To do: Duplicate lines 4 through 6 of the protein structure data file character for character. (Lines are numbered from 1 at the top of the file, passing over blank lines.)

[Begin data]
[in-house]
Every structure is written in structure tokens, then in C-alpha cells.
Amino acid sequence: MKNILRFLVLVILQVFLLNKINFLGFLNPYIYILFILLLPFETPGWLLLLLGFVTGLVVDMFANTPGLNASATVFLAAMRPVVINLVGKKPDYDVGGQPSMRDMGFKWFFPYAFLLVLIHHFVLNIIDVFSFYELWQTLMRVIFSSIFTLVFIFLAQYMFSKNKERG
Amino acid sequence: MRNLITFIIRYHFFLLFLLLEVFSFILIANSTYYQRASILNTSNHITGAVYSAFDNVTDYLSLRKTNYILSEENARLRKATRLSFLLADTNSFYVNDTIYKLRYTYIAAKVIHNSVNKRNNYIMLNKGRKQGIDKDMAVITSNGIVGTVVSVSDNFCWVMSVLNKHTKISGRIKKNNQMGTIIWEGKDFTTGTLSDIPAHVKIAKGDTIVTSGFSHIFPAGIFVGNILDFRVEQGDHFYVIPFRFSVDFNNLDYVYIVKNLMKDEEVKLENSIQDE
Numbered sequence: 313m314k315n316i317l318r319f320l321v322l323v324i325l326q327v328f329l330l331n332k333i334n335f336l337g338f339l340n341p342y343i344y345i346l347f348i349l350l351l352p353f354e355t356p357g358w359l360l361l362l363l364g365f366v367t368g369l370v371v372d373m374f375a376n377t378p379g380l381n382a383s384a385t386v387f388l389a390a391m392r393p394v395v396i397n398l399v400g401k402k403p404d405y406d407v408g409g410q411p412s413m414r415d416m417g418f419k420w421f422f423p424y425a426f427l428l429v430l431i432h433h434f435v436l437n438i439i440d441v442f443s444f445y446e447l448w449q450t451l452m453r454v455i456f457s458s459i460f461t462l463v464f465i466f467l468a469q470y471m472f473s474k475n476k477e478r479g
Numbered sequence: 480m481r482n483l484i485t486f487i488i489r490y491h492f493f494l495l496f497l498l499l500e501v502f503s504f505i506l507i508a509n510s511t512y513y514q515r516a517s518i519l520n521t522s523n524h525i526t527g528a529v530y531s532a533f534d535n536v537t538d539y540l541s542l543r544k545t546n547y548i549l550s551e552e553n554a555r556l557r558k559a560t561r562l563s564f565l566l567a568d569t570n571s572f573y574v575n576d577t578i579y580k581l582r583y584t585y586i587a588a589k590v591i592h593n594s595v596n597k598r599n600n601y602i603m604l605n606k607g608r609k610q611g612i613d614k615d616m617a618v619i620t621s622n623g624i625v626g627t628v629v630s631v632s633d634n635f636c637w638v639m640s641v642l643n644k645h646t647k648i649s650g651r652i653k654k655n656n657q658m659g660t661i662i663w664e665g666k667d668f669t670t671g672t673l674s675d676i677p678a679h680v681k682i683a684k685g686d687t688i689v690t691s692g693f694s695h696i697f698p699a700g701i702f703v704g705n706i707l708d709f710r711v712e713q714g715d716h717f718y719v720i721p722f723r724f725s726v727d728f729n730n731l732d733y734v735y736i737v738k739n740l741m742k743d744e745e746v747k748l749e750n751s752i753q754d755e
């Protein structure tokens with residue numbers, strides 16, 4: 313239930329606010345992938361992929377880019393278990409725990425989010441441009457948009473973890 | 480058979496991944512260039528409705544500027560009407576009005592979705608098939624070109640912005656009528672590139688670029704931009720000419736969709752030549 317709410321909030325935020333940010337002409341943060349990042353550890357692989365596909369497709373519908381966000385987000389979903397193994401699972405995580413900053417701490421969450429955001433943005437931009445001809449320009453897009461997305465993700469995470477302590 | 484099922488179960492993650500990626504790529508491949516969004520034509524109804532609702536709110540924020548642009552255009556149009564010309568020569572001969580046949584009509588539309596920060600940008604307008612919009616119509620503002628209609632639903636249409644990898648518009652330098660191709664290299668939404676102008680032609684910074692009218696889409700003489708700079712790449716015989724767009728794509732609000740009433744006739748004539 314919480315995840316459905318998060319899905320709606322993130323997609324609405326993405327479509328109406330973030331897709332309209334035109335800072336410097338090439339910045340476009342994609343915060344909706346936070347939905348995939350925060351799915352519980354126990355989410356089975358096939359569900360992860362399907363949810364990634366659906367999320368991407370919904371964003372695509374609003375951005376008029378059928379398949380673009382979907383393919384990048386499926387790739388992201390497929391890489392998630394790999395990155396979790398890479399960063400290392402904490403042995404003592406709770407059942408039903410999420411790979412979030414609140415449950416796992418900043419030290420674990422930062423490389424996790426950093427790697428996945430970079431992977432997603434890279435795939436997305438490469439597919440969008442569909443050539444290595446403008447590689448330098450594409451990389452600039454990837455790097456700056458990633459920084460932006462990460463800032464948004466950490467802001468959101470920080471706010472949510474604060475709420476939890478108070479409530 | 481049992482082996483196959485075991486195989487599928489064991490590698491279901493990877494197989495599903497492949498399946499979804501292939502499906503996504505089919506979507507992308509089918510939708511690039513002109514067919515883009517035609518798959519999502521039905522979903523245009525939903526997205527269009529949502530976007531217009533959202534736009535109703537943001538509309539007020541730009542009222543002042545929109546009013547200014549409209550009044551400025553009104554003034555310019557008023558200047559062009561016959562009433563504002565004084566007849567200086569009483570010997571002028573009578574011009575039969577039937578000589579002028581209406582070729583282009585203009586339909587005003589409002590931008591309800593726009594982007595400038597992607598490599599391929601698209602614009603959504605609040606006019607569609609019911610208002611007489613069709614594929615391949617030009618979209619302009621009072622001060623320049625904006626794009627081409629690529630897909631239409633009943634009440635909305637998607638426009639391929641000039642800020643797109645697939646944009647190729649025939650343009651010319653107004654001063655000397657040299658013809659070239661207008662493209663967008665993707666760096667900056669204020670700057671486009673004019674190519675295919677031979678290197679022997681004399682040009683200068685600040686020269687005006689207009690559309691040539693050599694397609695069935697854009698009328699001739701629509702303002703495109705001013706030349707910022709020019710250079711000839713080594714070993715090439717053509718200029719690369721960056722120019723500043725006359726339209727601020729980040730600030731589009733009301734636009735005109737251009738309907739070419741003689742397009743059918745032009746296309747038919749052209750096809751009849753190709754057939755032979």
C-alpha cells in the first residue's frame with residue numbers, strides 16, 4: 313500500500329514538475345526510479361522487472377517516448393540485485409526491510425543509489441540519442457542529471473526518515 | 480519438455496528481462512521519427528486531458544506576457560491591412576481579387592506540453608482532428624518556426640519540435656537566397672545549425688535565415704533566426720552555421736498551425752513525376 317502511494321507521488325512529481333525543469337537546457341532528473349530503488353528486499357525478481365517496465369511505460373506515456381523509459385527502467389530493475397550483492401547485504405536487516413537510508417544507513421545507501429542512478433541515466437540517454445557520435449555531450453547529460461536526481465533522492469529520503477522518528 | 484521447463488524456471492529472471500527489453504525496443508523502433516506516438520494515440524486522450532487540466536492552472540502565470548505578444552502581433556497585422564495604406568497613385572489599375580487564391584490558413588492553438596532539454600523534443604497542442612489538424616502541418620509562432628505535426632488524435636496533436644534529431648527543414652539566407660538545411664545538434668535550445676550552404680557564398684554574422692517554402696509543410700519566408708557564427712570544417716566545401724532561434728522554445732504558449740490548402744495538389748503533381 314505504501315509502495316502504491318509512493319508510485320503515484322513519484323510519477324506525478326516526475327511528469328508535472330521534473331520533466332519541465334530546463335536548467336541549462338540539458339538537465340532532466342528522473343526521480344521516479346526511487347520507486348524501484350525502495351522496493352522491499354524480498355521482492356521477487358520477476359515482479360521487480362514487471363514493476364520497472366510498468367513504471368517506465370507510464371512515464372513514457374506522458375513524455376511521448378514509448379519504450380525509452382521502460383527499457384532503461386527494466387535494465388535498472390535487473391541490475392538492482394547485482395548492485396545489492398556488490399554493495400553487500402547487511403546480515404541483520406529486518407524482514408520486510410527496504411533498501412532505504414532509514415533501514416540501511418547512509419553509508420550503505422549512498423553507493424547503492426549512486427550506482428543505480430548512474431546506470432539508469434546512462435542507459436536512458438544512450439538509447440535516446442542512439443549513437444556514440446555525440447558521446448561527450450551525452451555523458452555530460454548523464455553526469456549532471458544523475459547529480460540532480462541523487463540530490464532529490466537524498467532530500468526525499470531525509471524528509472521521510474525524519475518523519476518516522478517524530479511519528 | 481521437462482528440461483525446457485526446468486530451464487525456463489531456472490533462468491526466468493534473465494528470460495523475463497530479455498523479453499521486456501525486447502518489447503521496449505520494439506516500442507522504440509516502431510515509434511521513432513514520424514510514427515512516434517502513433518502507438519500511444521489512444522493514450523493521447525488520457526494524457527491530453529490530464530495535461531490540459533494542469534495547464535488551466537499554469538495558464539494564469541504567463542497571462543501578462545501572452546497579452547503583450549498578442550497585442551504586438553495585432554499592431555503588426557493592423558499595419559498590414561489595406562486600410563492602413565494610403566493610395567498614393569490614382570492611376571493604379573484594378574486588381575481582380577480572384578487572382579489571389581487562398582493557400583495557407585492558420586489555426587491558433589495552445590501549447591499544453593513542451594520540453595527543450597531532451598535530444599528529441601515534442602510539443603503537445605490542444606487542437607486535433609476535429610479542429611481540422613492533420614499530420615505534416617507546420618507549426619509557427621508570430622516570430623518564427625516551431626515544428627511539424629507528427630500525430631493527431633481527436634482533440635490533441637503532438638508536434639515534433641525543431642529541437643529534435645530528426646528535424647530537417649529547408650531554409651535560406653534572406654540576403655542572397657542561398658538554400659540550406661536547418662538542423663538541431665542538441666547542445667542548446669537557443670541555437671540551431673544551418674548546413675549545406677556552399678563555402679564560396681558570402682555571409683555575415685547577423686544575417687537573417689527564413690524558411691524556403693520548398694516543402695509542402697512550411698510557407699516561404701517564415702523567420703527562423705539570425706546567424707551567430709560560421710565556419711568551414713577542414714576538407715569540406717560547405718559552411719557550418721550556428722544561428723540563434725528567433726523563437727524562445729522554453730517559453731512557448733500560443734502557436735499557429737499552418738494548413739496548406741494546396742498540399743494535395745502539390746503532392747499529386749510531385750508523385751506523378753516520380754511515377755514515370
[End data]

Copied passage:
Amino acid sequence: MRNLITFIIRYHFFLLFLLLEVFSFILIANSTYYQRASILNTSNHITGAVYSAFDNVTDYLSLRKTNYILSEENARLRKATRLSFLLADTNSFYVNDTIYKLRYTYIAAKVIHNSVNKRNNYIMLNKGRKQGIDKDMAVITSNGIVGTVVSVSDNFCWVMSVLNKHTKISGRIKKNNQMGTIIWEGKDFTTGTLSDIPAHVKIAKGDTIVTSGFSHIFPAGIFVGNILDFRVEQGDHFYVIPFRFSVDFNNLDYVYIVKNLMKDEEVKLENSIQDE
Numbered sequence: 313m314k315n316i317l318r319f320l321v322l323v324i325l326q327v328f329l330l331n332k333i334n335f336l337g338f339l340n341p342y343i344y345i346l347f348i349l350l351l352p353f354e355t356p357g358w359l360l361l362l363l364g365f366v367t368g369l370v371v372d373m374f375a376n377t378p379g380l381n382a383s384a385t386v387f388l389a390a391m392r393p394v395v396i397n398l399v400g401k402k403p404d405y406d407v408g409g410q411p412s413m414r415d416m417g418f419k420w421f422f423p424y425a426f427l428l429v430l431i432h433h434f435v436l437n438i439i440d441v442f443s444f445y446e447l448w449q450t451l452m453r454v455i456f457s458s459i460f461t462l463v464f465i466f467l468a469q470y471m472f473s474k475n476k477e478r479g
Numbered sequence: 480m481r482n483l484i485t486f487i488i489r490y491h492f493f494l495l496f497l498l499l500e501v502f503s504f505i506l507i508a509n510s511t512y513y514q515r516a517s518i519l520n521t522s523n524h525i526t527g528a529v530y531s532a533f534d535n536v537t538d539y540l541s542l543r544k545t546n547y548i549l550s551e552e553n554a555r556l557r558k559a560t561r562l563s564f565l566l567a568d569t570n571s572f573y574v575n576d577t578i579y580k581l582r583y584t585y586i587a588a589k590v591i592h593n594s595v596n597k598r599n600n601y602i603m604l605n606k607g608r609k610q611g612i613d614k615d616m617a618v619i620t621s622n623g624i625v626g627t628v629v630s631v632s633d634n635f636c637w638v639m640s641v642l643n644k645h646t647k648i649s650g651r652i653k654k655n656n657q658m659g660t661i662i663w664e665g666k667d668f669t670t671g672t673l674s675d676i677p678a679h680v681k682i683a684k685g686d687t688i689v690t691s692g693f694s695h696i697f698p699a700g701i702f703v704g705n706i707l708d709f710r711v712e713q714g715d716h717f718y719v720i721p722f723r724f725s726v727d728f729n730n731l732d733y734v735y736i737v738k739n740l741m742k743d744e745e746v747k748l749e750n751s752i753q754d755e